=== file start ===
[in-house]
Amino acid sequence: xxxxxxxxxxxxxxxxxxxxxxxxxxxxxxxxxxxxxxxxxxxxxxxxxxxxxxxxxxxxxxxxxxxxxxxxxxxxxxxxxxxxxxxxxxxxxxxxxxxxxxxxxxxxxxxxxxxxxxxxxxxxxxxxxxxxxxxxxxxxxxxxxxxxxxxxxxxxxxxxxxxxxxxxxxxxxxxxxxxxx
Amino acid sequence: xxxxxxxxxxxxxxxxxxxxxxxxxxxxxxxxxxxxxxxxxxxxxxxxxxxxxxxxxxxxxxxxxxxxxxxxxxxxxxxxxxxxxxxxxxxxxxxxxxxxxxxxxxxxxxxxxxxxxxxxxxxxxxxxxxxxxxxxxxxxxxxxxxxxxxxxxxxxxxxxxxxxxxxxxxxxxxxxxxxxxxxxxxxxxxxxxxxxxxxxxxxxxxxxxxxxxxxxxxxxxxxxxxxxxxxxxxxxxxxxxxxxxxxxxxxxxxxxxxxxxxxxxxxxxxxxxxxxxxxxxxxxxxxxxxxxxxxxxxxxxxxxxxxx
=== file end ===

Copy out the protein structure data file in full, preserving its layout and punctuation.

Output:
[in-house]
Amino acid sequence: xxxxxxxxxxxxxxxxxxxxxxxxxxxxxxxxxxxxxxxxxxxxxxxxxxxxxxxxxxxxxxxxxxxxxxxxxxxxxxxxxxxxxxxxxxxxxxxxxxxxxxxxxxxxxxxxxxxxxxxxxxxxxxxxxxxxxxxxxxxxxxxxxxxxxxxxxxxxxxxxxxxxxxxxxxxxxxxxxxxxx
Amino acid sequence: xxxxxxxxxxxxxxxxxxxxxxxxxxxxxxxxxxxxxxxxxxxxxxxxxxxxxxxxxxxxxxxxxxxxxxxxxxxxxxxxxxxxxxxxxxxxxxxxxxxxxxxxxxxxxxxxxxxxxxxxxxxxxxxxxxxxxxxxxxxxxxxxxxxxxxxxxxxxxxxxxxxxxxxxxxxxxxxxxxxxxxxxxxxxxxxxxxxxxxxxxxxxxxxxxxxxxxxxxxxxxxxxxxxxxxxxxxxxxxxxxxxxxxxxxxxxxxxxxxxxxxxxxxxxxxxxxxxxxxxxxxxxxxxxxxxxxxxxxxxxxxxxxxxx